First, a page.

Another aspect to consider will be the effect on international stability. With no emotional attachment to these robots, and little political cost for their loss, will they lead to riskier, more aggressive, and more frequent military actions? What are the prospects for an arms race featuring dozens of countries, similar to the broad interest and investment in drone technology today?

What will be the effects on consumer technology? The open letter opposing the development of autonomous weapons argues that public backlash against killer robots will hurt support for the entire fields of robotics and AI. Ackerman alludes to the idea that military research is a key driver of progress in consumer technology.

Finally, is there any aspect of the debate that these authors failed to address? — Trevor

On Superintelligence

First, for anyone who is a little lost, wants a simpler explanation, or is really interested in the topic, I found a funny, detailed blog post that has some graphics and examples that explain AI and superintelligence pretty well. (From what I can tell).


It also has this graphic which I think articulates some of the ideas from Bostrom’s article in a visual way.


In his article, Bostrom describes the coming of a moment in which artificial intelligence will surpass the intelligence of a human mind. This moment, Bostrom stresses, is both closer than we think and incredibly dangerous. At this point, AI will be able to improve itself and replicate and an intelligence boom will occur. The biggest question when this occurs is whether or not the goals of the AI will coincide with the goals of the human race. Bostrom hopes that such an AI will, but fears what would happen if it doesn’t.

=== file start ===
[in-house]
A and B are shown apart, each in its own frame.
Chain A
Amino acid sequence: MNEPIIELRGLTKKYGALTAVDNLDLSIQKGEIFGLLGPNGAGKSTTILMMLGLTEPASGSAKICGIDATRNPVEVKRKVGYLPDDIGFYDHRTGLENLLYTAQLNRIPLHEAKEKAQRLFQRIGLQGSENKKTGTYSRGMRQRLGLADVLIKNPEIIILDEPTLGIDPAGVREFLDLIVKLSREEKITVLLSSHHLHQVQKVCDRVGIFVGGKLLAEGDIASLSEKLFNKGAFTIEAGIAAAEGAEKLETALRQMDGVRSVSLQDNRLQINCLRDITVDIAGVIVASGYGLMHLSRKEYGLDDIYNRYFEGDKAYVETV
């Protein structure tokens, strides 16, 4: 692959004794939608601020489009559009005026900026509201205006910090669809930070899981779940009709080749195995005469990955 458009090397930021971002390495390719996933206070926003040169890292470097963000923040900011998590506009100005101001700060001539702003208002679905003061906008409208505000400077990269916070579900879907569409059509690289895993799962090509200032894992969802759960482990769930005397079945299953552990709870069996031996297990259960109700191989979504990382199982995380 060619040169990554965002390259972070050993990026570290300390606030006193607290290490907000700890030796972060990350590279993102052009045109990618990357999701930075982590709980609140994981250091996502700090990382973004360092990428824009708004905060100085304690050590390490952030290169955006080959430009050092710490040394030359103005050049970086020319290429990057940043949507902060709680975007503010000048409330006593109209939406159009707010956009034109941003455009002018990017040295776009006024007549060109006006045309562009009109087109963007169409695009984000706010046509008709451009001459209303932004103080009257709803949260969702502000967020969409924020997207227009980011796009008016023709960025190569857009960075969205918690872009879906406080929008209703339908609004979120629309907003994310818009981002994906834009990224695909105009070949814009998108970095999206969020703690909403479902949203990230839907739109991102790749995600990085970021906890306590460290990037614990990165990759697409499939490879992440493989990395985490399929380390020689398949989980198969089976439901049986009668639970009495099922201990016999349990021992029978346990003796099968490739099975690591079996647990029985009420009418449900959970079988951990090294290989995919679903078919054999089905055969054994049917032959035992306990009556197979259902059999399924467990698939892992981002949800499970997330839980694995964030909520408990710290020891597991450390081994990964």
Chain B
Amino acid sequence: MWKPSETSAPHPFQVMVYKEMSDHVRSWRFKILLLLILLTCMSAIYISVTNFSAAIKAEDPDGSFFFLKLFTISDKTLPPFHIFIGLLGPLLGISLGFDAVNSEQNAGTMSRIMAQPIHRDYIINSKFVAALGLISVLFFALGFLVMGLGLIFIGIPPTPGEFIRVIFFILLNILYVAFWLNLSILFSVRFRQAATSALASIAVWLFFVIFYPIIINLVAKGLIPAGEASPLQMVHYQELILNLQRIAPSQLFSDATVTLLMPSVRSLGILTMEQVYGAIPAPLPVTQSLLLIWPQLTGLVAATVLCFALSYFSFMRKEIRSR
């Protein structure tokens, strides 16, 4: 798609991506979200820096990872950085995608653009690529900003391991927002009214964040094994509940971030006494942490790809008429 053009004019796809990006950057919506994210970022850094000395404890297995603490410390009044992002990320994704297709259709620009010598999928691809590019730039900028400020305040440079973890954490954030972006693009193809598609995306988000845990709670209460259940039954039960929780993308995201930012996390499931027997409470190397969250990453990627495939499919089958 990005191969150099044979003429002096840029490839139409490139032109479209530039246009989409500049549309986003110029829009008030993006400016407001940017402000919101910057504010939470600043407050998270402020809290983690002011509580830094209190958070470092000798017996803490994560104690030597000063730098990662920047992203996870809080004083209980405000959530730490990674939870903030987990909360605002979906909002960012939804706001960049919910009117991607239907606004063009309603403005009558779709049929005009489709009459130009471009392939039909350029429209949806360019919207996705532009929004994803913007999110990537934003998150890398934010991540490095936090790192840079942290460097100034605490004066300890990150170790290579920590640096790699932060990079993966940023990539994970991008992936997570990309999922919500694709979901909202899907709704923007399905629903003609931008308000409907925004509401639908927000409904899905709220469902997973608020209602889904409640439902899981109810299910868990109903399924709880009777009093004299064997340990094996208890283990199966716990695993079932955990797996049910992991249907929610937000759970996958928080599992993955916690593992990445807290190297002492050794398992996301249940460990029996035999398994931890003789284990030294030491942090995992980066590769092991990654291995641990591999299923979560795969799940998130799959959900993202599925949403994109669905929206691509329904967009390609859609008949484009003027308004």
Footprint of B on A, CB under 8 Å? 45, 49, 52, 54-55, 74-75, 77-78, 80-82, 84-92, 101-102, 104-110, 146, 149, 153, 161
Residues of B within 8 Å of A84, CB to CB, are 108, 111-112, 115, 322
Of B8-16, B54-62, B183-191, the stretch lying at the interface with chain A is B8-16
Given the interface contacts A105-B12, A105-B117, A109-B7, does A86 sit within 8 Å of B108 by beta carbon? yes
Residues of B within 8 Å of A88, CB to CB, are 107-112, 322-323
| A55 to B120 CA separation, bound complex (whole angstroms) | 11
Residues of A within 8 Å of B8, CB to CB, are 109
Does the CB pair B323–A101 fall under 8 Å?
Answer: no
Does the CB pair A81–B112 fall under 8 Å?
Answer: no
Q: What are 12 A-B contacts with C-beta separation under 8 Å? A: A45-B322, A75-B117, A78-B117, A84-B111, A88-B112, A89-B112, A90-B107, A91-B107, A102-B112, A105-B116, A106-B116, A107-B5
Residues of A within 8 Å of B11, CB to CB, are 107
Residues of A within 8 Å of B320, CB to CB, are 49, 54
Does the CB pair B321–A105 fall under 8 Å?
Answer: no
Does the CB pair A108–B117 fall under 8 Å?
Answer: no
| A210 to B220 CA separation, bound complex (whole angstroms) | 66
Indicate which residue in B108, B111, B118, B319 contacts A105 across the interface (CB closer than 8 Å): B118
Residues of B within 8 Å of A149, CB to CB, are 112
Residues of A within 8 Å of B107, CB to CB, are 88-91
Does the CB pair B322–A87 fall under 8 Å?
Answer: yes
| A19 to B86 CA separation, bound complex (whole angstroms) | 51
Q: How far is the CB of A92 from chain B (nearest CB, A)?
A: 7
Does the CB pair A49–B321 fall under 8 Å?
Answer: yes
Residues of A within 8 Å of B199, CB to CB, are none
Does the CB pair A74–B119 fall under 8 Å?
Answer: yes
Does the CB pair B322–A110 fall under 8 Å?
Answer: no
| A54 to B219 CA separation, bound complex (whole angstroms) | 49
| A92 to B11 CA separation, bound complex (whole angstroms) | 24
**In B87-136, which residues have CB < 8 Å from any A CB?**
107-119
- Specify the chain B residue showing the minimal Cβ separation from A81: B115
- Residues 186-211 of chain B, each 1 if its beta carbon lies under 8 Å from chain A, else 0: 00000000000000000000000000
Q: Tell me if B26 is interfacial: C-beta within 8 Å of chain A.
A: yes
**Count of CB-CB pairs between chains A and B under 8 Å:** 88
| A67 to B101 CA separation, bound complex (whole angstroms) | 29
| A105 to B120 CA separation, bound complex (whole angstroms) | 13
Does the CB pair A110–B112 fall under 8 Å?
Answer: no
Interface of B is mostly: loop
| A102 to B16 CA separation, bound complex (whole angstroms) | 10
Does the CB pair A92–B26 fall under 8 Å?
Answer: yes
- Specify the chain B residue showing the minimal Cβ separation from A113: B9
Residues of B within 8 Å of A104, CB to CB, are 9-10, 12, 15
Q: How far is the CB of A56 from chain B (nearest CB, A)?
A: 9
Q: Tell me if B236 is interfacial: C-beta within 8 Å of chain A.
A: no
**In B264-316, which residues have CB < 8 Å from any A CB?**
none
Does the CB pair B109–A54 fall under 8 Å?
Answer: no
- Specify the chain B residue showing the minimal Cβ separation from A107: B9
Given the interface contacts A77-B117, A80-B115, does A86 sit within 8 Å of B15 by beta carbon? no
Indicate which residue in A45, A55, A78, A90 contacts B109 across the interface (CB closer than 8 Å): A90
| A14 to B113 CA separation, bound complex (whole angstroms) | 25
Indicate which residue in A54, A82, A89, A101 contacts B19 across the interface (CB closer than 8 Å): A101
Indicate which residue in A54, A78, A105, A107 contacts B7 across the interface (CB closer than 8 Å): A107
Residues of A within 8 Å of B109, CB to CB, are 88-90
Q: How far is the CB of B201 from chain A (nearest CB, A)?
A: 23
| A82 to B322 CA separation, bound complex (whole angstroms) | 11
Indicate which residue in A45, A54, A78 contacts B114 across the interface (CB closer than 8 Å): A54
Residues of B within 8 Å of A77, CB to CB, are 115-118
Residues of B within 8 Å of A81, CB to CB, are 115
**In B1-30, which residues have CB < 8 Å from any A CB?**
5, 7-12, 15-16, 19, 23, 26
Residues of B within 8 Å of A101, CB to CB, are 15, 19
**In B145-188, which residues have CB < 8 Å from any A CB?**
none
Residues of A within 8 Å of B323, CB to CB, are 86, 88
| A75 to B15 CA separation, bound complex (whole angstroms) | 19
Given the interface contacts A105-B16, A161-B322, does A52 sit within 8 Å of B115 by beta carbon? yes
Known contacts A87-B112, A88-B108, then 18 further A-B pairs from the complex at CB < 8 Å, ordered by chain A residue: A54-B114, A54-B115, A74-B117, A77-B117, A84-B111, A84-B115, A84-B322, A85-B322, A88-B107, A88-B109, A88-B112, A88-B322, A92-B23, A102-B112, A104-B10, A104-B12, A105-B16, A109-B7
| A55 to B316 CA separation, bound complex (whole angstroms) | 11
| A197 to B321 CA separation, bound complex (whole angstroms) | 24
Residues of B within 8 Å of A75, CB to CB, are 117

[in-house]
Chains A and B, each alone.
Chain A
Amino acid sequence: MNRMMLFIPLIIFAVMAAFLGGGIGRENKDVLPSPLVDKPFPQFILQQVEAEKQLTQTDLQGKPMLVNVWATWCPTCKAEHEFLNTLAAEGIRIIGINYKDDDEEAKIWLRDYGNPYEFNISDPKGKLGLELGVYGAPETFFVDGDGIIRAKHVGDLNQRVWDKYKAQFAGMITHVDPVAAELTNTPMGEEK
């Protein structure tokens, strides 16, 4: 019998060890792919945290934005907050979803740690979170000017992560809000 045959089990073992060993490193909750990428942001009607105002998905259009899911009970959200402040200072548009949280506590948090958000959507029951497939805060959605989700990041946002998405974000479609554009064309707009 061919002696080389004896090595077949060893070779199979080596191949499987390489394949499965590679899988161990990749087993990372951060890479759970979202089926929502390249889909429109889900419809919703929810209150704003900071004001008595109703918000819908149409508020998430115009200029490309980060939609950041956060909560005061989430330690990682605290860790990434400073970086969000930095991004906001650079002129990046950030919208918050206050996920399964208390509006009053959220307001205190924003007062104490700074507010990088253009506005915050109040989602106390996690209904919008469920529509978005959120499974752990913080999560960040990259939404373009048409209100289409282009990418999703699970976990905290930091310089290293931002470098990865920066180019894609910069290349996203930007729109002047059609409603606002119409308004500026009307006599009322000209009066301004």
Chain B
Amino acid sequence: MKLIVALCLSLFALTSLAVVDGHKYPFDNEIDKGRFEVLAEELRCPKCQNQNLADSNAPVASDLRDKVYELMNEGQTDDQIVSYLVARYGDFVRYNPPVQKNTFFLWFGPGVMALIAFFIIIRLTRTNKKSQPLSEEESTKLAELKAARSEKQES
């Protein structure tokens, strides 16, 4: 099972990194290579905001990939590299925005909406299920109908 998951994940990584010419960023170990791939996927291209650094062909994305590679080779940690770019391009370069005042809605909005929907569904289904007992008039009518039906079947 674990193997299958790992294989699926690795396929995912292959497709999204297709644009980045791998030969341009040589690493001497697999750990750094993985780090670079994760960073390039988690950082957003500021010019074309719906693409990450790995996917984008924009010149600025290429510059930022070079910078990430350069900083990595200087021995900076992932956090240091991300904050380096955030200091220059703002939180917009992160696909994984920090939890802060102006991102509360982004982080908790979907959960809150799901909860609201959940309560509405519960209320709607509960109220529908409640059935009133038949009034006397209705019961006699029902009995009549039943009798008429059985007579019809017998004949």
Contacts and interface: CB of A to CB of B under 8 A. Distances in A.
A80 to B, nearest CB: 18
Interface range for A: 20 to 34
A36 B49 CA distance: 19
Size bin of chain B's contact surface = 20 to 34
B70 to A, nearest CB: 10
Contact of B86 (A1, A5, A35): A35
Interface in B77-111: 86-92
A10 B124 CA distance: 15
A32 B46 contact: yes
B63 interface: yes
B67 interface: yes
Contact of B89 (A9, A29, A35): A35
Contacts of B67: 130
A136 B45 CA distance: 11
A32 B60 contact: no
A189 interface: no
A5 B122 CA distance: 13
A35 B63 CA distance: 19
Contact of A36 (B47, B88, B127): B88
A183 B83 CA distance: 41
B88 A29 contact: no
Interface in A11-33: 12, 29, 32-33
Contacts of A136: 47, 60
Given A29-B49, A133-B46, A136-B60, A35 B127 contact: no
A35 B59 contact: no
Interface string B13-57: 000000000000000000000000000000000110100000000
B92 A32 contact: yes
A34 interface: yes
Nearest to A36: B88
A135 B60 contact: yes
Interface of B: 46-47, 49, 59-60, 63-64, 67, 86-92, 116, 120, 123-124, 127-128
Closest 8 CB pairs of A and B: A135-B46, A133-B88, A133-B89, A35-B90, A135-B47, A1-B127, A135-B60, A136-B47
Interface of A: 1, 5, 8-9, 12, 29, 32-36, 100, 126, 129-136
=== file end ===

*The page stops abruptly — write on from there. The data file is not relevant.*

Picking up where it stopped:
I have several questions. First, do you buy it? Do you believe that by the time our generation is nearing death (2060-2080) AI will have become superintelligent? If so, what would the implications of such a world be? If AI is capable of performing all work, would human beings serve any real function at all?

Also, how do we make policy regarding AI? Should the government draw the line at superintelligence and only allow AI systems up to that point? Or do we encourage the responsible development of AI to any level? — Kennedy

Cyberwarfare: On Whose Authority?

So far, most covert cyber operations come from the White House in coordination with the Pentagon; most notably the Olympic Games program started under G.W. Bush and culminating with the infamous Stuxnet attack. Constitutionally, only Congress has the power to declare war. So, what constitutes an “act of war”?

According to Farwell and Rohozinski, we should look to the UN Charter. Article 2(4) prohibits the “threat or use of force against the territorial integrity or independence of any state,” and Article 51 states that nothing “in the present Charter shall impair the inherent right of individual or collective self-defense if an armed attack occurs against a Member of the United Nations” (111). Based on this logic, an act of war would occur with the use of force.